Logic, choplogic, and even cleverness offer pleasures and consolations of their own. Applying these instruments to the realm of spirituality, man begins to take a peculiar delight in contraries, oppositions, paradoxes, and hungers after multiplicity. In Chapter 6 "Parallels and Polarities" most of the misunderstood relationships are lucidly analysed so that at the level of knowing the sadhaka is at peace with himself and fellow devotees. Antagonisms that would divide are resolved into differences not of kind, but of degree, merely stages in the evolution everyone passes through.
Spirituality in Practice is the ruling theme of Part III - Sadhana. As sadhakas clamour for Grace, for mukti, and so on, Bhagawan emphatically declares the priority of sadhana: "I always say, Sadhana first, sankalpa later. This is the correct order. My sankalpa will confer bliss only after assessing the depth of yearning in the devotee. Sadhana is the essential prerequisite." The human mind turned inward is a potent tool for spiritual advancement. In Chapter 7 "The Inner Door" Bhagawan stresses how the inward orientation of the mind alone can guide man toward any intimations of Divinity. Swami recommends the path laid down in the shortest and generally reckoned the first of the Upanishads: "The Ihsavaasya Upanishadh directs the sadhaka to cultivate the Inner Vision so that he can experience God, the Ishwara, the warp and woof of the Universe." Man needs to take a U‑turn, retrace his steps to the source. T. S. Eliot succinctly brings out this sadhaka‑God relationship: "The river is within us, the sea is all about us."
Swami Vivekananda summed up his mission in one word, "man‑making," which really means making him realise the full potential as divinity. This furnishes the theme of Chapter 8 "Human Values." Humanity today is obsessed with price and price tags. Success in the world is ascribed exclusively to one's knowledge and manipulation of the price of everything, most of all of one's own self. But, man is neither a beast ruled only by instinct, nor a commodity to be traded. To be human is to be endowed with value. Satya, Dharma, Santi, Prema, and Ahimsa as innate values elevate man to realising his essential divinity.
Bhagawan Baba. has revealed an aspect unique to this Avatara: bhas yarthagopyamul paluku koraku, `to lay bare the inner meaning of the scriptures.' He remarked recently that the benefits individuals may derive through His Grace are incidental to His primary mission, planting in the human heart the essence of all the Vedas and the Sastras. Towards this end Bhagawan recreates with divine intimacy memorable details of character and incident, and reconstructs the ethos of the Tretayuga and the Dvaparayuga. Occasionally, as He reminisces, an episode or a piece of action unknown to Vyasa or unsung by Valmiki shines gloriously in living colour. Bhagawan affords us glimpses of the immortal figures from the Ramayana, the Mahabharata, and the Bhagavata against their moral and spiritual milieu, and corrects our hasty, ill informed judgements. Our minds are awed by the divinity of Rama, ramo vigrahavan dharmah, "Rama, the embodiment of Dharma," and of Krishna the sanatana sarathi, the eternal charioteer displaying His vi s'var u pa, Cosmic Form. But they are not awed enough, for they harbour doubts about the former's `fair play' and the latter's `impartiality.' Afraid to ask openly and willing to compromise, the sadhaka loses his integrity. It is in this dark night of the soul that the piercing cry is heard: "Lord, I believe; help thou my unbelief." Removing accretions and encrustations, Swami restores the scriptures to their pristine purity.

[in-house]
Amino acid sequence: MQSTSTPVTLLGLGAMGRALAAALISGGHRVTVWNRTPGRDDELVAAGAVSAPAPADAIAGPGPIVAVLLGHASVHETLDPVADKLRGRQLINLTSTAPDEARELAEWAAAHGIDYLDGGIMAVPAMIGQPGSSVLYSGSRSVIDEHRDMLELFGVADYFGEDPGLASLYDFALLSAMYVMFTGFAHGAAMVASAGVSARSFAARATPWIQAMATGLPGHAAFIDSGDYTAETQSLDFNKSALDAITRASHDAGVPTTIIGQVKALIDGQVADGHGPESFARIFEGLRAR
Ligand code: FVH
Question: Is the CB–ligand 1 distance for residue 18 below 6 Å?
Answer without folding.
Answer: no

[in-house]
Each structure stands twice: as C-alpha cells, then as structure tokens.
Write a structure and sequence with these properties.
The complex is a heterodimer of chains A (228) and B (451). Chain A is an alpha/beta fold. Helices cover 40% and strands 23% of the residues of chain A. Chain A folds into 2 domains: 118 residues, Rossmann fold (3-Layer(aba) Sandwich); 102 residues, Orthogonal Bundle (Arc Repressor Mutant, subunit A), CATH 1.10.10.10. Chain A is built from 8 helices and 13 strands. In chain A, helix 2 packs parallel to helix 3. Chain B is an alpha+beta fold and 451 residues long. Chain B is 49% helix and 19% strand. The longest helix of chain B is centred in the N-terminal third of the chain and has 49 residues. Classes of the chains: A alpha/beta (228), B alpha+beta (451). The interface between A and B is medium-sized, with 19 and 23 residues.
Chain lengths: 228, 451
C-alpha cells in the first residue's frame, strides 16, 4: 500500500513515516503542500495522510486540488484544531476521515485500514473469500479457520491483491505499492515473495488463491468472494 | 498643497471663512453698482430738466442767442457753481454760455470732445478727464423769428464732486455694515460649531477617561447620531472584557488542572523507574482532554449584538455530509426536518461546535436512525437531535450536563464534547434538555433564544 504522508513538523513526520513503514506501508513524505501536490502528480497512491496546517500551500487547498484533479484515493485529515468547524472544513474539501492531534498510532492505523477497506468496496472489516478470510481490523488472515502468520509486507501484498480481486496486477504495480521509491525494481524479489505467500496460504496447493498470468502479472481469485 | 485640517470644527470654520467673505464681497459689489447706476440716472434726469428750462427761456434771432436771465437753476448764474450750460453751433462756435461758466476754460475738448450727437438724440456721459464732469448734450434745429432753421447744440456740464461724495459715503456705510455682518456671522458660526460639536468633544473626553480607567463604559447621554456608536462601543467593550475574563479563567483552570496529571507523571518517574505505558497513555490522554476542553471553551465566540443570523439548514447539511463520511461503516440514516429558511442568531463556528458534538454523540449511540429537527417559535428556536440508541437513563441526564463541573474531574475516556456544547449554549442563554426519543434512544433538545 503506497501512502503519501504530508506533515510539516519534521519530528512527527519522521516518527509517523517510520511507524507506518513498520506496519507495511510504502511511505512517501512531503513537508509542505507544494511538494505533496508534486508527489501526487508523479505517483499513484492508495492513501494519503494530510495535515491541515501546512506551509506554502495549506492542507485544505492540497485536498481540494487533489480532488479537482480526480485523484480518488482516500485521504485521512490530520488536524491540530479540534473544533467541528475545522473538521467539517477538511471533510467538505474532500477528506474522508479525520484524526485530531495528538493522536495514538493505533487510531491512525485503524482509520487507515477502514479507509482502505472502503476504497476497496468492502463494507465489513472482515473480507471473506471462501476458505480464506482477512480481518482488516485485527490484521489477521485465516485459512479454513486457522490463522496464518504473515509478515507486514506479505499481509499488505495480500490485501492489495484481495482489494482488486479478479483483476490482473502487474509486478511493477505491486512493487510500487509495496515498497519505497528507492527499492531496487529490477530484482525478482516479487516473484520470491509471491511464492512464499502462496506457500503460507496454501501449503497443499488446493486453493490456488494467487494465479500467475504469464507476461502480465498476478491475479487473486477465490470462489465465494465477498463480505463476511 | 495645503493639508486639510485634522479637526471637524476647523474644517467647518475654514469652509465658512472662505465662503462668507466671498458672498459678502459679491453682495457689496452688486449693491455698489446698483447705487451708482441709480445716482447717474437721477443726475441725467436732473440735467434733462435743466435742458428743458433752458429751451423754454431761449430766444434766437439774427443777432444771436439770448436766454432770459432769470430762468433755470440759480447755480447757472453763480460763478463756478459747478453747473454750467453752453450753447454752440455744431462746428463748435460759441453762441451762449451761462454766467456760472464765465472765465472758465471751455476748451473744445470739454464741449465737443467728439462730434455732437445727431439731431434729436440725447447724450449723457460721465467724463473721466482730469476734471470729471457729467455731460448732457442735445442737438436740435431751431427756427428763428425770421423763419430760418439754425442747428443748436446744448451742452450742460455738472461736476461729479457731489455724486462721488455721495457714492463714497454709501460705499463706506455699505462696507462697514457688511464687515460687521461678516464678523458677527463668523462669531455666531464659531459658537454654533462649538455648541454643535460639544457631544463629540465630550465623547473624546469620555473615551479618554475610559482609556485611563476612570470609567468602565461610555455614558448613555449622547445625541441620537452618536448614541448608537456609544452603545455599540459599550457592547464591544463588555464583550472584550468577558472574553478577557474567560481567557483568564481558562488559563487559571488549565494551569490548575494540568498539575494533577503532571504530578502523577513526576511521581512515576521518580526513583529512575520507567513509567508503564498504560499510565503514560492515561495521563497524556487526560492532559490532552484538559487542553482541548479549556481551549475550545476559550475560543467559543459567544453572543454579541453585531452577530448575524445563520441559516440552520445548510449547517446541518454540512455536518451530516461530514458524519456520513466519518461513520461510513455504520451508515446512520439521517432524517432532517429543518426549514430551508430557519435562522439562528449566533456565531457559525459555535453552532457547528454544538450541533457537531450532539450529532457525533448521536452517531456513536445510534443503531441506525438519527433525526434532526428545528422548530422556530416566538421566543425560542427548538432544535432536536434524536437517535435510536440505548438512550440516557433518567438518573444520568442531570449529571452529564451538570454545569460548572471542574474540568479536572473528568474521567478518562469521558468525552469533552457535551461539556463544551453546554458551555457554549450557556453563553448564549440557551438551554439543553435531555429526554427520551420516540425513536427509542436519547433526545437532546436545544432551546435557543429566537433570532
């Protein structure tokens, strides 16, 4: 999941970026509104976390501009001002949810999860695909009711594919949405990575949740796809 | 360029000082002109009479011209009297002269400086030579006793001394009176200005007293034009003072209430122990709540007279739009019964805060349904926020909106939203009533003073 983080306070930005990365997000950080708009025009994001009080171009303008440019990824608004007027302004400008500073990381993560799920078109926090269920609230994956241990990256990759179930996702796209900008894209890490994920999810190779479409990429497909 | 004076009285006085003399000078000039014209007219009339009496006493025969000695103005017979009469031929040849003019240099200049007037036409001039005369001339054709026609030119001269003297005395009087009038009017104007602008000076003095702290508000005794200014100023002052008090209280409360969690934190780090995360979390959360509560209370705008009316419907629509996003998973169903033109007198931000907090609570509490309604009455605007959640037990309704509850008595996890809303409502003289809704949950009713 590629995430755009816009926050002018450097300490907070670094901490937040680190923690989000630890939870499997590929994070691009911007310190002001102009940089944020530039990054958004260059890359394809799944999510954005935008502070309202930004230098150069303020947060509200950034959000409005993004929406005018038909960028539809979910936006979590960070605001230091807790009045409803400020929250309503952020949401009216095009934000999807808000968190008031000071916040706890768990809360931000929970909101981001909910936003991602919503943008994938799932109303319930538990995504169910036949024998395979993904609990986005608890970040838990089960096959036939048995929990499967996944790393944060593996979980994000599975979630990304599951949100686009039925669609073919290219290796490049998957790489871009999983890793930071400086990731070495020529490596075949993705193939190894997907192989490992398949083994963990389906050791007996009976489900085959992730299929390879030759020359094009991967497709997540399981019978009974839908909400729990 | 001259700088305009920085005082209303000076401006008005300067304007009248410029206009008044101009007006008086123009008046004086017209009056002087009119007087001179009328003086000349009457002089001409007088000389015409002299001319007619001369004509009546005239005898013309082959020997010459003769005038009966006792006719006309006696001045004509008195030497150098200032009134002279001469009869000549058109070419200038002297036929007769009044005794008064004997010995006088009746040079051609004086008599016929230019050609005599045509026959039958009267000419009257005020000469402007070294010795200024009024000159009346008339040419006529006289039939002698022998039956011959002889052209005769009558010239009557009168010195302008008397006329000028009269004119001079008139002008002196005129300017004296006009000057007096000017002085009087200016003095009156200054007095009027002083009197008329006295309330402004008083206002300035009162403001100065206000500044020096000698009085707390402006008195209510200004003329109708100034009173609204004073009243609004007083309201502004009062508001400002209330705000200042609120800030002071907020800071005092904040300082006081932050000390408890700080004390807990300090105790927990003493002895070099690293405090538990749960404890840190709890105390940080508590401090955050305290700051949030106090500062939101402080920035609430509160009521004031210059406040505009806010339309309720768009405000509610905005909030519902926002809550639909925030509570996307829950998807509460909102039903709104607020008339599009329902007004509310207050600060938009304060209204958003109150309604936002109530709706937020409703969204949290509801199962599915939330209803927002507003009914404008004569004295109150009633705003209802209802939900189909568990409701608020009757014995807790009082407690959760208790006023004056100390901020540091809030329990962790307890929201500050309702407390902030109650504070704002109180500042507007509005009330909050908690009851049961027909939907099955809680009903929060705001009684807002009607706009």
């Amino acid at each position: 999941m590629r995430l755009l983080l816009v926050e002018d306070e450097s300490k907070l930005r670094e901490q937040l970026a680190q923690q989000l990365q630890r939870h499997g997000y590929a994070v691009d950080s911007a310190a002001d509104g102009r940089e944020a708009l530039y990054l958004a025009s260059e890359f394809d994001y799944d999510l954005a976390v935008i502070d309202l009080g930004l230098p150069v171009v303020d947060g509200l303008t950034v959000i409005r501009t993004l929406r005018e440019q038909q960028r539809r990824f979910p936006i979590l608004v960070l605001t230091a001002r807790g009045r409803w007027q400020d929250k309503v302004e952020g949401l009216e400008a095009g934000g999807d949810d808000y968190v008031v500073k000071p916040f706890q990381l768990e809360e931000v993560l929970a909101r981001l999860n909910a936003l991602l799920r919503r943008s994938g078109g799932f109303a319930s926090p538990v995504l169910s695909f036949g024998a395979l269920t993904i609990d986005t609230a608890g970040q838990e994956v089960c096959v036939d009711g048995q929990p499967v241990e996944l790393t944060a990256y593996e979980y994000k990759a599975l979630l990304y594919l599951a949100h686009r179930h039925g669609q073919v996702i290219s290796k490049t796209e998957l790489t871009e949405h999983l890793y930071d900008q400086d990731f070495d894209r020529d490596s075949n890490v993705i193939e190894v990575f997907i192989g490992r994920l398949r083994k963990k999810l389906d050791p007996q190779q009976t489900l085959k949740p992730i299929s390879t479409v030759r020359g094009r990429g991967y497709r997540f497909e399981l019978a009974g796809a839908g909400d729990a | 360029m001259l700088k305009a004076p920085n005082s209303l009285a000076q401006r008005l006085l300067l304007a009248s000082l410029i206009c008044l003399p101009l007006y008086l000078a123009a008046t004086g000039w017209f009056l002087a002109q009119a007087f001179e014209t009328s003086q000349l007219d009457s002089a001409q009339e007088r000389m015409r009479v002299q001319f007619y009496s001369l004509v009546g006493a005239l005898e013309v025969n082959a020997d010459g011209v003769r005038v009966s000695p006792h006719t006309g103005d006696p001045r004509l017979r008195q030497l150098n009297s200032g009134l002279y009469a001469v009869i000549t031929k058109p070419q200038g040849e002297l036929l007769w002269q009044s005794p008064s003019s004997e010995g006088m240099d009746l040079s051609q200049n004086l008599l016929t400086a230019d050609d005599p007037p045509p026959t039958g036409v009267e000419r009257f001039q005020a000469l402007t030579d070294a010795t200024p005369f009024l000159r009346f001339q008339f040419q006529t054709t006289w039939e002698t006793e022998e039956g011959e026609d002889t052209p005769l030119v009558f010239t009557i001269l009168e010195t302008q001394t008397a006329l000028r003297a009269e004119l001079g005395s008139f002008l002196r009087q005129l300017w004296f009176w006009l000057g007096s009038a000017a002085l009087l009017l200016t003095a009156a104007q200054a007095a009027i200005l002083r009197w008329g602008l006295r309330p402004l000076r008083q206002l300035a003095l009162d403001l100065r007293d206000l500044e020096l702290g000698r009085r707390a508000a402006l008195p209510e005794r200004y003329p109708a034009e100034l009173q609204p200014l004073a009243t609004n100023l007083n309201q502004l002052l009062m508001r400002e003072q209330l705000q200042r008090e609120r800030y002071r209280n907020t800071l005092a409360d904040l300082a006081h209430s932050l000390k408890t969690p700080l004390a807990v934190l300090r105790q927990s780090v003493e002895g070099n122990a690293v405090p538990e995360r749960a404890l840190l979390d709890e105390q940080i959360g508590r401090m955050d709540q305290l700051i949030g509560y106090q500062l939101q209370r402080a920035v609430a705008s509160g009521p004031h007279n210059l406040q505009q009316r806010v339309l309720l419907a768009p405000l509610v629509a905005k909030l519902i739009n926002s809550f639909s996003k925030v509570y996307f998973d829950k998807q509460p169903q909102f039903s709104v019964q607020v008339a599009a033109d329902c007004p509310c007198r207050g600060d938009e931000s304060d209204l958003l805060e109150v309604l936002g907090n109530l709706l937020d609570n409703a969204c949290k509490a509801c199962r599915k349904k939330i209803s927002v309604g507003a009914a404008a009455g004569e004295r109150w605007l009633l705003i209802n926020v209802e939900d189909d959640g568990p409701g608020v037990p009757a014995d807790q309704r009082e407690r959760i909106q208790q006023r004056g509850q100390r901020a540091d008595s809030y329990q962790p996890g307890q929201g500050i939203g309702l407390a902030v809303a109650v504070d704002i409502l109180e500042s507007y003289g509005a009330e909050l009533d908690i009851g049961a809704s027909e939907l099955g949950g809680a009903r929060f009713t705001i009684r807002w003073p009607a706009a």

In the concluding Chapter, "Scriptures and Baba" Bhagawan's infinite Love emerges most unmistakably. As the Sai avatar moves amidst us, on account of our all too human proclivity, we tend to lose sight of His Divinity. Compounding this vulnerability is His maya, which deludes us into seeing just another mortal. Had not Krishna described His maya as duratyaya, `insurmountable' and added janma karma ca me divyam, `my life and actions are alike Divine'? He also affirmed how men tend to ignore the Divinity, avajananti mam mudha manus im tanu mas'ritam, `Stupid men belittle me, in my human garb.' Krishna vowed to protect the righteous, destroy the wicked, and re‑establish dharma. Sai Krishna has vouchsafed to continue the first task, modify the second into transformation of the wicked, and to re‑establish, not dharma, but the practicing of dharma. Hence, the supreme importance attached to sadhana. Ultimately it is Divine Grace that crowns all actions with success. It is impossible not to shed tears of joy when an aspect we turn to the last chapter, for here He reveals most would know, but never do. All sorts of questions appear here: His food, His hours of sleep, His choice of devotees for miraculous cures and devotees, the repetitions in His discourses, and so on. The ways of Divinity are in the final analysis inscrutable. The Upanishads proclaim: yam e vais a vr n ute tena labhyas l tasyais a atma vivr n ute tanum svam, `The Self is to be known only through His revelation of His form, of His own accord, to one of His own choosing.' As Satyakama tells Gosruti in the Chandogyopanis ad, the Upanishads are spiritual powerhouses: "When it (the Supreme Wisdom) is passed on to a dried up stump, branches and leaves begin to appear."
The reader of the Satyopanis ad needs to pause and reflect upon Bhagawan's words to Prof. Hislop: "It is perfectly all right to ask all these questions and clear all your doubts. You are examining Swami and Swami is giving the answers. But when all this is finished, and the next time you come around, Swami will be the examiner and you will have to be ready with the right answers in your mind and heart." Words to the braver spirits, indeed.
Lesser mortals may meditate on this passage, which says it all: "The purpose of the incarnation of Rama was to pass on to mankind the whole duty of man. What is happening today is exactly the same phenomenon. You would have noticed how in the present avatar too biographies are written by contemporaries, and the divinity is acknowledged, worshipped, experienced, and celebrated all over the world. That all this is happening during the time of the incarnation is another parallel to Rama's descent. The same Ideal! The same Love! The same Message, the practice of Sathya and Dharma!"
We are infinitely grateful to Baba for allowing us to be instrumental, however meagrely, in the dissemination of His profound teachings.
Tejasvi nav adhitamastu, `
May our studies (throughHis Grace) illuminate us!'
July 24, 2002